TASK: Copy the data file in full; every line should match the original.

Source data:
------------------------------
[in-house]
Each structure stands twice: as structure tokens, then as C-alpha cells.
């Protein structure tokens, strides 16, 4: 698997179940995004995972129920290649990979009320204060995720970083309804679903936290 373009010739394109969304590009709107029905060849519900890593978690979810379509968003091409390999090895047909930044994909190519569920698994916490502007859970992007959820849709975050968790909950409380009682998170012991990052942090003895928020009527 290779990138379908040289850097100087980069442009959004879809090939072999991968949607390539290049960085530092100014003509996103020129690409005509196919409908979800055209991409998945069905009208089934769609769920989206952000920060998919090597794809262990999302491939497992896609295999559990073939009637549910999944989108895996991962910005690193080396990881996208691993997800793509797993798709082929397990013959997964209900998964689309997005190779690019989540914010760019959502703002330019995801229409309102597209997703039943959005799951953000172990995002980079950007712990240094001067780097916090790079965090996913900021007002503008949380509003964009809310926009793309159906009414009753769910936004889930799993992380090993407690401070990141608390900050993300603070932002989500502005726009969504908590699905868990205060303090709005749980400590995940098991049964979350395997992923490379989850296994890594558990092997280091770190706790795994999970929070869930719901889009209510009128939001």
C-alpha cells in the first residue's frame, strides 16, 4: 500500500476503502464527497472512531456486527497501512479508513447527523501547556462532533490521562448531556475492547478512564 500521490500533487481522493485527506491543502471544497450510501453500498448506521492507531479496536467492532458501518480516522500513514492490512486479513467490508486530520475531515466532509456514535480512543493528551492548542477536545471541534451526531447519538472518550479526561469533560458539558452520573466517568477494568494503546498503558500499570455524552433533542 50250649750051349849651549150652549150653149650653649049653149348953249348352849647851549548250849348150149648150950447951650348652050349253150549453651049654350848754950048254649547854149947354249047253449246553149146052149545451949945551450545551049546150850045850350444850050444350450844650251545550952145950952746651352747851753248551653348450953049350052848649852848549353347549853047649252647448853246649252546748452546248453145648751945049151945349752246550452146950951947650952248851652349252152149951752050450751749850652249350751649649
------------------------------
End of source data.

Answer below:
[in-house]
Each structure stands twice: as structure tokens, then as C-alpha cells.
């Protein structure tokens, strides 16, 4: 698997179940995004995972129920290649990979009320204060995720970083309804679903936290 373009010739394109969304590009709107029905060849519900890593978690979810379509968003091409390999090895047909930044994909190519569920698994916490502007859970992007959820849709975050968790909950409380009682998170012991990052942090003895928020009527 290779990138379908040289850097100087980069442009959004879809090939072999991968949607390539290049960085530092100014003509996103020129690409005509196919409908979800055209991409998945069905009208089934769609769920989206952000920060998919090597794809262990999302491939497992896609295999559990073939009637549910999944989108895996991962910005690193080396990881996208691993997800793509797993798709082929397990013959997964209900998964689309997005190779690019989540914010760019959502703002330019995801229409309102597209997703039943959005799951953000172990995002980079950007712990240094001067780097916090790079965090996913900021007002503008949380509003964009809310926009793309159906009414009753769910936004889930799993992380090993407690401070990141608390900050993300603070932002989500502005726009969504908590699905868990205060303090709005749980400590995940098991049964979350395997992923490379989850296994890594558990092997280091770190706790795994999970929070869930719901889009209510009128939001």
C-alpha cells in the first residue's frame, strides 16, 4: 500500500476503502464527497472512531456486527497501512479508513447527523501547556462532533490521562448531556475492547478512564 500521490500533487481522493485527506491543502471544497450510501453500498448506521492507531479496536467492532458501518480516522500513514492490512486479513467490508486530520475531515466532509456514535480512543493528551492548542477536545471541534451526531447519538472518550479526561469533560458539558452520573466517568477494568494503546498503558500499570455524552433533542 50250649750051349849651549150652549150653149650653649049653149348953249348352849647851549548250849348150149648150950447951650348652050349253150549453651049654350848754950048254649547854149947354249047253449246553149146052149545451949945551450545551049546150850045850350444850050444350450844650251545550952145950952746651352747851753248551653348450953049350052848649852848549353347549853047649252647448853246649252546748452546248453145648751945049151945349752246550452146950951947650952248851652349252152149951752050450751749850652249350751649649